Of late there has been a lot of major account changes noted in the advertising press. Every move by Crispin Porter + Bogusky in Miami is documented in the same style as paparazzi chasing movie stars. What was once a relatively small agency, with small clients, who got bought by a small “network” is now becoming a BIG AGENCY with BIG CLIENTS still owned by a small network. How well agencies scale should not be measured by CP+B because it is an anomaly: it’s reputation is so huge, they are able to get the pick of talent, steam roll over clients (since they have been crowned by the media as having the Midas touch) and have adopted a “media agnostic” throw as many ideas on the wall and see what sticks approach.
In case you aren’t aware of their storied life in the fast lane, they made their first appearance on the hot shop radar with their “Truth” campaign for Florida’s anti-smoking campaign. They won a Cannes Gold Lion for their spot for IKEA where a desk lamp gets kicked to the curb- but IKEA seems to be unable to stick with an agency having parted ways with the successor agency as well (IKEA should call us), then came the dream account (only because the car is so damn cute and already branded) the new BMW Mini account. Here CP+P showed off how to get the maximum muscle out of the minimal moola to an exponential effect. Putting Mini’s on top of Ford Expeditions, putting the whole car on a billboard in a Slingshot, even the tagline “Let’s Motor” was so fitting, you couldn’t help but be enchanted with the idea of “driving satisfaction” without having it screamed at you. It was the ultimate in talking with the customer- not at the customer- and it worked. BMW sold cars, CP+B made their client manager look so good, she got hired away from BMW to fix VW– that’s making your client more money than they pay you if I ever saw it. Her reward to her friends who got her there- the VW account, a prize beyond their wildest dreams when they were working on bike helmet campaigns and local business.
So impressive was the mini campaign that success breeds success and on comes Burger King- a traditionally “difficult” client who had been through agencies and “campaigns” faster than they sell whoppers. Along came CP+B throwing new stuff at the masses faster than they could say “Yes” to the “would you like fries with that” question. The first execution was a takeoff on the British TV show “The Office” and the return of the “have it your way tag line.”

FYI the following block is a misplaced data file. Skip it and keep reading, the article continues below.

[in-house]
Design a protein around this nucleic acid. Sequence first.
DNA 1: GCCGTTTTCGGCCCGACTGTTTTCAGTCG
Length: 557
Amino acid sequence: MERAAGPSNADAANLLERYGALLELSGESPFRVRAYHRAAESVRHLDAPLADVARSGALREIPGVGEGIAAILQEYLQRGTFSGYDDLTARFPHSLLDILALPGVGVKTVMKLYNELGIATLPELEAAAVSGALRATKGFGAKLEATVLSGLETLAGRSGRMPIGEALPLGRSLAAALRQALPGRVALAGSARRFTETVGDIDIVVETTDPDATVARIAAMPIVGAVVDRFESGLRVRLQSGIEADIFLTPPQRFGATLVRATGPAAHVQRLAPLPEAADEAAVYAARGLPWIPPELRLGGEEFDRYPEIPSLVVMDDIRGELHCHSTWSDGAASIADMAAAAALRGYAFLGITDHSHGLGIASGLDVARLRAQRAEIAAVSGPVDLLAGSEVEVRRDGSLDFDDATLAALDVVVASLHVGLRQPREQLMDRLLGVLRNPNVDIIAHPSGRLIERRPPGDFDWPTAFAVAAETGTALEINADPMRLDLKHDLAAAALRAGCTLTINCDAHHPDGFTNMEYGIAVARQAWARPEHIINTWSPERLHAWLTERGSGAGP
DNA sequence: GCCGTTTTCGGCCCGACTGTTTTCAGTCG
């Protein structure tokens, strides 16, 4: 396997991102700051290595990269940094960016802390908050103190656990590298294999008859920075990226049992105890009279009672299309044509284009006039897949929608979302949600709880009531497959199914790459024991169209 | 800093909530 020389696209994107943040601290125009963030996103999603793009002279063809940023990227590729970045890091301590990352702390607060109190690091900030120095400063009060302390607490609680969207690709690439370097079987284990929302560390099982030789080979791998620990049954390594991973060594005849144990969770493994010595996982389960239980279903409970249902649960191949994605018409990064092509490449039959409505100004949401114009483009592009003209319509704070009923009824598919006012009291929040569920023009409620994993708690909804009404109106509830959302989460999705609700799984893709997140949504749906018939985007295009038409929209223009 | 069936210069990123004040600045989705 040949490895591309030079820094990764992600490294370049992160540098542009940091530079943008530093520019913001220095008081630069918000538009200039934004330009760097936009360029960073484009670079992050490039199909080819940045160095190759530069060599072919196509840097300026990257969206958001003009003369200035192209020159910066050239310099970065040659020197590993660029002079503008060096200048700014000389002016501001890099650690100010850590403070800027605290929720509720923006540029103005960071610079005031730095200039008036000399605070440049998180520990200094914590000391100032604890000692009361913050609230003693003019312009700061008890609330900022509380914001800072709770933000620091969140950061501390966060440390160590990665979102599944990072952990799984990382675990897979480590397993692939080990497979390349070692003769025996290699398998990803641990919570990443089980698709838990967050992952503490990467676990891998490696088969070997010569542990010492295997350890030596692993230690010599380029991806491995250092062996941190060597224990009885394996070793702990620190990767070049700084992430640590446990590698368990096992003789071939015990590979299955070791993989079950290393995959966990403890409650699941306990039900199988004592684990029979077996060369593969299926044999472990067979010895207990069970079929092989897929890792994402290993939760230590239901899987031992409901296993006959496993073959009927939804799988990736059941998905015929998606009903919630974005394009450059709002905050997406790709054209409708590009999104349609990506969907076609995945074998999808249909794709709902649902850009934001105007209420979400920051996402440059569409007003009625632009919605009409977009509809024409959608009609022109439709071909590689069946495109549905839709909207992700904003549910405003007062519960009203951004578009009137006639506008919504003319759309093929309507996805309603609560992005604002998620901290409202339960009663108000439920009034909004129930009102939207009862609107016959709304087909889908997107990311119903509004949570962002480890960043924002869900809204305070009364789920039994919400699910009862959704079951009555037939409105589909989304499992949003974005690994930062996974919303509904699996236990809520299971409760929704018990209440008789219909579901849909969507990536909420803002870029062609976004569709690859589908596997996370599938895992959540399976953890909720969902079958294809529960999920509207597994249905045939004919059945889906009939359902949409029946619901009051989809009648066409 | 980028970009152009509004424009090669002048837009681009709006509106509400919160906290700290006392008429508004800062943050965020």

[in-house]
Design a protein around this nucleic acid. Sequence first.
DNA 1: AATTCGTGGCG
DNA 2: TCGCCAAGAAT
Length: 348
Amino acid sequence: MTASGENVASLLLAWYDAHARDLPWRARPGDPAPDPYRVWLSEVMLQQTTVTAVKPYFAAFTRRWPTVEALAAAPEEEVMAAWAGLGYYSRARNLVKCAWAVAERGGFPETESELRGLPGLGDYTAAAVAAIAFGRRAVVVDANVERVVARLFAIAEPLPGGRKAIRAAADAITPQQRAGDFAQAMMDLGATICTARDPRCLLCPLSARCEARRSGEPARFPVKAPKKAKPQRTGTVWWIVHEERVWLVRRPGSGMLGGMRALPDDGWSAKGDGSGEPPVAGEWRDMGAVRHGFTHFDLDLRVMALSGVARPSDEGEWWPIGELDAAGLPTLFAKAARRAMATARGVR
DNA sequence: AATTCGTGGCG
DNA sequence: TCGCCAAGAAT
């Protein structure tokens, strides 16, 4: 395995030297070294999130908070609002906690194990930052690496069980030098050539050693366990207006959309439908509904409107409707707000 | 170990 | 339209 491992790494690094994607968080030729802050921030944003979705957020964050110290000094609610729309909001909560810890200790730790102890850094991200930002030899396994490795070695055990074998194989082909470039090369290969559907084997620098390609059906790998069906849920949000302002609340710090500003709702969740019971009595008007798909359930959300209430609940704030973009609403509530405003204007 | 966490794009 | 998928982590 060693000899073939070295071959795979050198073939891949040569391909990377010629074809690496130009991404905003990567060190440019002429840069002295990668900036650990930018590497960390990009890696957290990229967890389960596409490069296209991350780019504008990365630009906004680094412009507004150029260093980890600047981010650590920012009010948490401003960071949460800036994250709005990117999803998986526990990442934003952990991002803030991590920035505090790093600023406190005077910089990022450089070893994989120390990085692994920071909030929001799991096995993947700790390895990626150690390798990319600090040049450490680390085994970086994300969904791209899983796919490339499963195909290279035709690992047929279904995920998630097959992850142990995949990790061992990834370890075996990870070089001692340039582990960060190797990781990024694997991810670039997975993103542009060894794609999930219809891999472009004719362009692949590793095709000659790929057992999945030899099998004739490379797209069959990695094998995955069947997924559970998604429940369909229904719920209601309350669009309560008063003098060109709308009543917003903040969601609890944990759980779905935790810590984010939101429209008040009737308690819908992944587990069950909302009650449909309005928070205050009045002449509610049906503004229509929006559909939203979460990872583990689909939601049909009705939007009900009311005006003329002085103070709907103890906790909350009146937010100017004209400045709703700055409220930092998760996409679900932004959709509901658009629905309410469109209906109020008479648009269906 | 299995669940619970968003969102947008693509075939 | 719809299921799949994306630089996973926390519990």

For such creative geniuses to settle on someone else’s tagline is typically unheard of- typically agencies want to make their own mark- but that takes time. CP+B was smart enough to realize that a brand in trouble needs help now, not when their creativity kicks in. The campaign was outside the norm for the industry- with double-entendre’s and un-pretty people. But, it was easier to fly the old tagline back through the barriers of corporate CYA and it bought them time- time for an agency to find a brand voice. Great campaigns don’t happen overnight. “Think Small” wasn’t the first thing Bernbach did for VW, nor was “Just do it” the first shot by Wieden + Kennedy for Nike.
Next came Dr. Angus and his big burger diet, and my personal favorite- Ugoff- the fashion designer creating a “pouch” for hot chicken and shrimp” for BK’s new salads. All of these had Internet components- something many “big” agencies still do as an afterthought. Then came the viral “Subservient Chicken” which every fast feeder now wants to copy and then the King mask- of which I won’t comment. But, this huge out burst of creative work has all been in a span of less than 2 years- totally unheard of in the ad world- and…
This is NOT how most clients get the most out of their marketing budget.
Most clients don’t have 300 million to spend. They depend on consistency of message on target. This is why an Apple ad today for the most part looks like an Apple ad of yesterday (please don’t remind me that they only have 2% of the PC market- and that if it wasn’t for the iPod the stock would still be hurting) or that Wal-Mart ads look like Wal-Mart ads. The idea is that if you can’t get enough frequency at least get repetition working for you. With small budgets like BMW motorcycles, the idea of staying on brand message is considered key. If you only have so much money, keep it consistent. This is why brands are so careful about staying in voice, on target with the right trade dress (look and feel). It is also why when you have a great tagline like “have it your way” or “the ultimate driving machine” or “just do it” it never goes out of style.
So- the question we posed at the beginning is do you have the right agency? No matter what you spend, your agency will tell you it’s not enough (except our agency) because their compensation is probably tied back to media billings – the stupidest way to pay an agency ever devised. The second question is, does your brand voice do what it’s supposed to (differentiate you from your competition and connect you like no other to your market)? Lastly, is your agency looking at every avenue they can to make you highly visible to your target market through every channel possible- including the Internet, guerrilla advertising, PR and your trade dress down to the way your stores look, your salespeople communicate and your company ethics? If not, you aren’t using the right agency- or getting the right return on your dollar. There is more to this- but it could be a whole book. You can call us to discuss how you can build your business using these ideas. One of the first things we’ll do is ask to look at your website statistics- and analyze where your customers are coming from. When was the last time your agency did that?

What do you think?